A view of the government presses, with pages of law across the floor covered in footprints.
A massive steel sheer’s equally massive drive cog. Imagine the force.
One of the pair of motors that powered this mine shaft. In the 1950s, this shaft was designated a rescue shaft, and was only maintained for emergencies. One reason that Cheratte built Shaft 3 nearby was because these motors and infrastructure did not have the capacity that the giant mine below called for.
The porcelain hoops guided the silk threads through the device.
After Wilson Bros moved out, a furniture company moved in.
It was as noisy then as it is colorful now…
Bits and things in a pile in the corner of the smelter, the unsold chunks of industrial history that didn’t sell at an on-site auction before my visit.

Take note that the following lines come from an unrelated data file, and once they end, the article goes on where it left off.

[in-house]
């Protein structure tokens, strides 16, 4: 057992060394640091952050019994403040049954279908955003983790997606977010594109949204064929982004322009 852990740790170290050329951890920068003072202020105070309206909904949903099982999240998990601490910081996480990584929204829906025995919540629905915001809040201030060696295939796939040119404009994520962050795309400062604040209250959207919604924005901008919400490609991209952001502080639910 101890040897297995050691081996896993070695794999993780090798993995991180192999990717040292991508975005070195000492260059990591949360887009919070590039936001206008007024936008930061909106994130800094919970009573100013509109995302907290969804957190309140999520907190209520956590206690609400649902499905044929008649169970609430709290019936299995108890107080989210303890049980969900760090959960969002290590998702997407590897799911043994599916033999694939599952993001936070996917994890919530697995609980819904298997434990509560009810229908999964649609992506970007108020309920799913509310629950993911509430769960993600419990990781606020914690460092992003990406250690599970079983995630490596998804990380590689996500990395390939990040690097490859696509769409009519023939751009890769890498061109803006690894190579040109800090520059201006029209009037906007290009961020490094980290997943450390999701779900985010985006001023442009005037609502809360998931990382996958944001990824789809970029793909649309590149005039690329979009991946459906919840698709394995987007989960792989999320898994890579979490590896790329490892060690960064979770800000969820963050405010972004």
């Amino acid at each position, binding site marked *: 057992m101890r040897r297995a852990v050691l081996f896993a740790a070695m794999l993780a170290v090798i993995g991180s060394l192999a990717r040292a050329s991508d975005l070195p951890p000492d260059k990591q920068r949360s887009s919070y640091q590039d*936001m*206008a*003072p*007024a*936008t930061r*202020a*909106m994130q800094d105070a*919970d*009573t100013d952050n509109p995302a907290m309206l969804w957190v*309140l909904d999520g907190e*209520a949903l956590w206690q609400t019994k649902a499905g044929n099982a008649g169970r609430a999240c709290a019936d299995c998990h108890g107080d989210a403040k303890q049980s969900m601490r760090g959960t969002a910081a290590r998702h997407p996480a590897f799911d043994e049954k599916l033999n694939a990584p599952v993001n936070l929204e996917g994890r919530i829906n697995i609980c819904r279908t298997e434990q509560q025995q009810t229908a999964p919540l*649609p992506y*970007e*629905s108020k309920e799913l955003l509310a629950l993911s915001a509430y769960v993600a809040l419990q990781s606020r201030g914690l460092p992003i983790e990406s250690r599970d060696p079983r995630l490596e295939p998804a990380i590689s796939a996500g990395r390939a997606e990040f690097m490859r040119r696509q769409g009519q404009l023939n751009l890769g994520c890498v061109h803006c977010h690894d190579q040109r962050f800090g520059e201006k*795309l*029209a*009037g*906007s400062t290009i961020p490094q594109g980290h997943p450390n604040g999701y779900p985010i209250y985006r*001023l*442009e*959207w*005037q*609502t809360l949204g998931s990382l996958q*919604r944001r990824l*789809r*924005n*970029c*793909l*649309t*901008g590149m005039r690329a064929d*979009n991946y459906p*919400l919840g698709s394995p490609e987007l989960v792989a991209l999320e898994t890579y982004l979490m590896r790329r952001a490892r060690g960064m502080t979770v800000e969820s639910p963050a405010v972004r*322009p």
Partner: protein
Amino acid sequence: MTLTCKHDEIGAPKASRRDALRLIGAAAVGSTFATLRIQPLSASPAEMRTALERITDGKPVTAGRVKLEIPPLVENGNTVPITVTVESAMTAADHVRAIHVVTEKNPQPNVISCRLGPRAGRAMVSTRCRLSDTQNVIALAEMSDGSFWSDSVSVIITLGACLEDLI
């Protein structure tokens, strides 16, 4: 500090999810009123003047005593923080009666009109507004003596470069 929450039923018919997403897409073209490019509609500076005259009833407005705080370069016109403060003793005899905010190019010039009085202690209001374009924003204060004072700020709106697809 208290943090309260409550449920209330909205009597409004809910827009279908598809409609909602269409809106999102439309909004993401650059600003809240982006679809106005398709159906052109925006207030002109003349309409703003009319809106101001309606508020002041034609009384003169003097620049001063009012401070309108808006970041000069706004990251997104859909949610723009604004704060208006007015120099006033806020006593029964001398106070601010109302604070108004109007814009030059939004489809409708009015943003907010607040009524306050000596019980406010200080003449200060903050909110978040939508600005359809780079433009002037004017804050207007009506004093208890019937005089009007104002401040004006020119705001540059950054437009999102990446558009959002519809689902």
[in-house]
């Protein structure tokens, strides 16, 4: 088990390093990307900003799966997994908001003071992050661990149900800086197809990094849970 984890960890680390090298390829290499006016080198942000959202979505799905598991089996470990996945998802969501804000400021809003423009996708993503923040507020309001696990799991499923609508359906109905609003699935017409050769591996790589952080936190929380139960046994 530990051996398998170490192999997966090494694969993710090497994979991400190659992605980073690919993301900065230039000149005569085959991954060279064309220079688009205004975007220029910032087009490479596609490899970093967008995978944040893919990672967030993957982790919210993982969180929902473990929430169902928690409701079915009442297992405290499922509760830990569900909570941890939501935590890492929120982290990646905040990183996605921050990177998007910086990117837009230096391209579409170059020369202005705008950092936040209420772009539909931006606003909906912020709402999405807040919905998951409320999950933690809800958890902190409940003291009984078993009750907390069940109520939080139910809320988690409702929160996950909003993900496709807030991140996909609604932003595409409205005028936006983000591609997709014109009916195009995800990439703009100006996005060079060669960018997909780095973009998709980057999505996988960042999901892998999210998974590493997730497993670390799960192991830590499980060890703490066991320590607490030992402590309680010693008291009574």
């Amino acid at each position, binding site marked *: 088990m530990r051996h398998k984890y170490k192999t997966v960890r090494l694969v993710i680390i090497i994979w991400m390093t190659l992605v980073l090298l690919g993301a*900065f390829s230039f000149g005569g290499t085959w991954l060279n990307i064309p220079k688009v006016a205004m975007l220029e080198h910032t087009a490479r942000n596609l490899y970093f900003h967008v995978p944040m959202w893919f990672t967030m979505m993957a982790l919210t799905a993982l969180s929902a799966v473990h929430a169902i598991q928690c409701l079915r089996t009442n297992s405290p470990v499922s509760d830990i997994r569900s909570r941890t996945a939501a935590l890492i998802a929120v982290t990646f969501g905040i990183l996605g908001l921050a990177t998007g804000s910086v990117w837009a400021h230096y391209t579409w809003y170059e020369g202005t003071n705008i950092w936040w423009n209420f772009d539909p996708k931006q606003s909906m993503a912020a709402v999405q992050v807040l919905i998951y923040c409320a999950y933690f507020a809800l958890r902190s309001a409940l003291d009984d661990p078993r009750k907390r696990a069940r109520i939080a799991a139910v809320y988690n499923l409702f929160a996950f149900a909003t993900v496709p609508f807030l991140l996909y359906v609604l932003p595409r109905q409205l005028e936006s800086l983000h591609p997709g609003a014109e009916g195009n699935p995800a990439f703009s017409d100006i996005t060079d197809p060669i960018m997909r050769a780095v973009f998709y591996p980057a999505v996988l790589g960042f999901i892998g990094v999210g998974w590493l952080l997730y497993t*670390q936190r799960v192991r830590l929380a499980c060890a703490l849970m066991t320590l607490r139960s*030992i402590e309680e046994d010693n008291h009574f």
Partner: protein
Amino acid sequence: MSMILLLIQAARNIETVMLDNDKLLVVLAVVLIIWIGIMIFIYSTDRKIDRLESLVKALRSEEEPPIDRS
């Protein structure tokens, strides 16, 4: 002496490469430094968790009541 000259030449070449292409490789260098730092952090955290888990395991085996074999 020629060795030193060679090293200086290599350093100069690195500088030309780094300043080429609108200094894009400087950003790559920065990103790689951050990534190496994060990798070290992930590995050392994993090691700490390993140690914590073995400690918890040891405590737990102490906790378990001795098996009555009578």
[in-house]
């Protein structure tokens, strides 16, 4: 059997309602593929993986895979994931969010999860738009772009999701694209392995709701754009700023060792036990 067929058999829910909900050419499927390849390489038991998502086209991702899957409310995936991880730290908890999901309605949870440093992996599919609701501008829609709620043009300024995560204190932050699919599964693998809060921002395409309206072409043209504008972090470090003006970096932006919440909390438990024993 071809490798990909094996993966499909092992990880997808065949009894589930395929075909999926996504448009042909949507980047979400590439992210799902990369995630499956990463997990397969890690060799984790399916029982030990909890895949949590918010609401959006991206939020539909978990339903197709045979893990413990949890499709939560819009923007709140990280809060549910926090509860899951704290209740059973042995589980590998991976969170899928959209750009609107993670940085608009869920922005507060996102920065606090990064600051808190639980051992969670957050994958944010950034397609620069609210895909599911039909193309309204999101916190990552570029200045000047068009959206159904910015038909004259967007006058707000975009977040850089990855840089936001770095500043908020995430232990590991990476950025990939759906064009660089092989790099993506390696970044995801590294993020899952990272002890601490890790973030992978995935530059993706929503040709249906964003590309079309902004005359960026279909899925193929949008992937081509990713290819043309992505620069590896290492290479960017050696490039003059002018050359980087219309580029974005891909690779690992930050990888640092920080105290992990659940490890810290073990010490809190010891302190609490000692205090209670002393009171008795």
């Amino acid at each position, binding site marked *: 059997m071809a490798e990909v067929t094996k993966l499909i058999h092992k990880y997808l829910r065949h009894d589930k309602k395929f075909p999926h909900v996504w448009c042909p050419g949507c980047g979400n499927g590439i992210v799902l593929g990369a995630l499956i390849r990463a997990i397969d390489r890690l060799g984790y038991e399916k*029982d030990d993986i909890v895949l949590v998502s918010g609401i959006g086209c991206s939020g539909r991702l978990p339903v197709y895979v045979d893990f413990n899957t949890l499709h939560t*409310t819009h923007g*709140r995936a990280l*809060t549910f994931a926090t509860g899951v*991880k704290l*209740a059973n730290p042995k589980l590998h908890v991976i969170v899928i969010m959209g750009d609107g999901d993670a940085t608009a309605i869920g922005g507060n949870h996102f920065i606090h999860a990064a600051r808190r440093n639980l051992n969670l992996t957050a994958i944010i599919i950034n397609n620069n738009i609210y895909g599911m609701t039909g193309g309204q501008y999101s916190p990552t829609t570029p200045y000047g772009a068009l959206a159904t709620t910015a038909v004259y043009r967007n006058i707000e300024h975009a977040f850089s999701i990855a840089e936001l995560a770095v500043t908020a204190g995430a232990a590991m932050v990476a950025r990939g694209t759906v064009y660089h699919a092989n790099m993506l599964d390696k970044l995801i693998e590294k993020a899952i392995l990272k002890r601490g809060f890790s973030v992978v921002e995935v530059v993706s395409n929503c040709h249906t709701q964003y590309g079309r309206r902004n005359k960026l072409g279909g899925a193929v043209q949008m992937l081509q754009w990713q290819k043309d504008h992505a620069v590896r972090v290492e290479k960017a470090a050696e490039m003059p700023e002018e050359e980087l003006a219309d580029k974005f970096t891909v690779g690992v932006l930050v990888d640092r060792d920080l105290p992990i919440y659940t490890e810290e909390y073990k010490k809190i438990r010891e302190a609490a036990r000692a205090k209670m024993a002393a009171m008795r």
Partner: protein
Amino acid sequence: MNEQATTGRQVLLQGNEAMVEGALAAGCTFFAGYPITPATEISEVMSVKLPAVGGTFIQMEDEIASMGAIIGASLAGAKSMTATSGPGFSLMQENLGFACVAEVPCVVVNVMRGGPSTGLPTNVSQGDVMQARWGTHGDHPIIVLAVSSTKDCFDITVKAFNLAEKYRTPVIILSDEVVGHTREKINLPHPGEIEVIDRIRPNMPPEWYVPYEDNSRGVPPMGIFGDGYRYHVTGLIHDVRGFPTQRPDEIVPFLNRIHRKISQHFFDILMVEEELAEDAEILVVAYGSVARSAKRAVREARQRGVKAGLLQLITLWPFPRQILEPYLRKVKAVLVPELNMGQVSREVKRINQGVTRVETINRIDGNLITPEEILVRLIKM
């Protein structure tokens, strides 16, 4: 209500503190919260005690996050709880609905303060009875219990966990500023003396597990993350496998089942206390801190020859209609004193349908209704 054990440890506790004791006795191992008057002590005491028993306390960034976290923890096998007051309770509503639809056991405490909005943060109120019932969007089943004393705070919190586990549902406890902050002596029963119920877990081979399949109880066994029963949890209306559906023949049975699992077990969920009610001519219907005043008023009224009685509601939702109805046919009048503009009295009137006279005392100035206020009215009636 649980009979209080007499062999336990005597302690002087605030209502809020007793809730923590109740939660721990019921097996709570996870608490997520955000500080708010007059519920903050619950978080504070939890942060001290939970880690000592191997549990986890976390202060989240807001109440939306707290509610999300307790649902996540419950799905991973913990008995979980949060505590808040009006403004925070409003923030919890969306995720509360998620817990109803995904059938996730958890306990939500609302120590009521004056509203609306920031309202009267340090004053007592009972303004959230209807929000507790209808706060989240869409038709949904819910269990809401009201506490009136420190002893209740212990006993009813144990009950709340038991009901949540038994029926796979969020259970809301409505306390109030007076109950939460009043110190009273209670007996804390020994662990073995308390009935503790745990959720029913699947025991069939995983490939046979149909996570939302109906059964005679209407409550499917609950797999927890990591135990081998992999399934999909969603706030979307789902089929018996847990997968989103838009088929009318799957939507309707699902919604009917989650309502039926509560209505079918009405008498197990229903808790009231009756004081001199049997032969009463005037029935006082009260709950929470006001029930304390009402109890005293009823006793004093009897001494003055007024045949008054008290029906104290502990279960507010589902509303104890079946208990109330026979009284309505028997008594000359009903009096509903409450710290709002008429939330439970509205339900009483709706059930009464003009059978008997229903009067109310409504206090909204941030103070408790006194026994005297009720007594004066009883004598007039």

Barrels were prepared across the street, then moved across the road with a special conveyor, seen crashed here. This is down the road from Old Taylor, and was probably a part of the Old Crow operation.
After crushing, these machines would float lighter material to the surface of the water, where it would be skimmed and discarded. Gold and silver laden stone would sink to the bottom, where it was collected for the next stage of processing. Leica/Summilux 35/Ektar 100